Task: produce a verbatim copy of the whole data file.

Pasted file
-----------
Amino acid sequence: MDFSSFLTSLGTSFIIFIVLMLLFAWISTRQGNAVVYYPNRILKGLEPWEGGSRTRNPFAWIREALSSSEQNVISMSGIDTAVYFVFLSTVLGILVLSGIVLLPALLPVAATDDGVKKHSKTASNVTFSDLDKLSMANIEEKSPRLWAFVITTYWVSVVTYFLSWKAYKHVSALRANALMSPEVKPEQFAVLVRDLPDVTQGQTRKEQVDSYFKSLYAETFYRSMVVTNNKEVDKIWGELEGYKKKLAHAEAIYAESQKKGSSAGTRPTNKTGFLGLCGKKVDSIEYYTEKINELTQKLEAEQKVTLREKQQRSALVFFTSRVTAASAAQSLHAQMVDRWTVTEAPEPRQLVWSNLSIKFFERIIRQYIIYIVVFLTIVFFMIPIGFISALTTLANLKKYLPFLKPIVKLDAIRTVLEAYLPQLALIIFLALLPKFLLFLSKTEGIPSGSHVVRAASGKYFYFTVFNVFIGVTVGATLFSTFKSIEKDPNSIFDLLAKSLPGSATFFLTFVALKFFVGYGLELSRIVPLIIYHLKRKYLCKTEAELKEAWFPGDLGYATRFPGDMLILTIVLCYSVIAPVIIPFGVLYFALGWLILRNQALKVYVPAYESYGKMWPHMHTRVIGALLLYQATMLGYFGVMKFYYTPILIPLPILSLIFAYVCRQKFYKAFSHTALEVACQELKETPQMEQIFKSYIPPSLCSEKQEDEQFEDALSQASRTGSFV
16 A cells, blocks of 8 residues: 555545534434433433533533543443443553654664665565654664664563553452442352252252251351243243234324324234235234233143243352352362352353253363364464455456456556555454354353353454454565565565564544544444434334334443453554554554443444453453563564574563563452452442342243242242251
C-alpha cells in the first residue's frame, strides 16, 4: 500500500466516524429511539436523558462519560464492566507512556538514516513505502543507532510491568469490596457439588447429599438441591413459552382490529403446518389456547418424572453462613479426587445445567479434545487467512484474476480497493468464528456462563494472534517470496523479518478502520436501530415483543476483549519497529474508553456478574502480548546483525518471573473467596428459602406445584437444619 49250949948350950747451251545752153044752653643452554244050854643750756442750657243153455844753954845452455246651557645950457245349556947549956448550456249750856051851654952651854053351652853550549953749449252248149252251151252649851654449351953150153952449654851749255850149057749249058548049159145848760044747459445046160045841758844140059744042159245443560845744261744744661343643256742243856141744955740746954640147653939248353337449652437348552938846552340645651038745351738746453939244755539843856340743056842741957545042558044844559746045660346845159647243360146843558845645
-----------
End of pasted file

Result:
Amino acid sequence: MDFSSFLTSLGTSFIIFIVLMLLFAWISTRQGNAVVYYPNRILKGLEPWEGGSRTRNPFAWIREALSSSEQNVISMSGIDTAVYFVFLSTVLGILVLSGIVLLPALLPVAATDDGVKKHSKTASNVTFSDLDKLSMANIEEKSPRLWAFVITTYWVSVVTYFLSWKAYKHVSALRANALMSPEVKPEQFAVLVRDLPDVTQGQTRKEQVDSYFKSLYAETFYRSMVVTNNKEVDKIWGELEGYKKKLAHAEAIYAESQKKGSSAGTRPTNKTGFLGLCGKKVDSIEYYTEKINELTQKLEAEQKVTLREKQQRSALVFFTSRVTAASAAQSLHAQMVDRWTVTEAPEPRQLVWSNLSIKFFERIIRQYIIYIVVFLTIVFFMIPIGFISALTTLANLKKYLPFLKPIVKLDAIRTVLEAYLPQLALIIFLALLPKFLLFLSKTEGIPSGSHVVRAASGKYFYFTVFNVFIGVTVGATLFSTFKSIEKDPNSIFDLLAKSLPGSATFFLTFVALKFFVGYGLELSRIVPLIIYHLKRKYLCKTEAELKEAWFPGDLGYATRFPGDMLILTIVLCYSVIAPVIIPFGVLYFALGWLILRNQALKVYVPAYESYGKMWPHMHTRVIGALLLYQATMLGYFGVMKFYYTPILIPLPILSLIFAYVCRQKFYKAFSHTALEVACQELKETPQMEQIFKSYIPPSLCSEKQEDEQFEDALSQASRTGSFV
16 A cells, blocks of 8 residues: 555545534434433433533533543443443553654664665565654664664563553452442352252252251351243243234324324234235234233143243352352362352353253363364464455456456556555454354353353454454565565565564544544444434334334443453554554554443444453453563564574563563452452442342243242242251
C-alpha cells in the first residue's frame, strides 16, 4: 500500500466516524429511539436523558462519560464492566507512556538514516513505502543507532510491568469490596457439588447429599438441591413459552382490529403446518389456547418424572453462613479426587445445567479434545487467512484474476480497493468464528456462563494472534517470496523479518478502520436501530415483543476483549519497529474508553456478574502480548546483525518471573473467596428459602406445584437444619 49250949948350950747451251545752153044752653643452554244050854643750756442750657243153455844753954845452455246651557645950457245349556947549956448550456249750856051851654952651854053351652853550549953749449252248149252251151252649851654449351953150153952449654851749255850149057749249058548049159145848760044747459445046160045841758844140059744042159245443560845744261744744661343643256742243856141744955740746954640147653939248353337449652437348552938846552340645651038745351738746453939244755539843856340743056842741957545042558044844559746045660346845159647243360146843558845645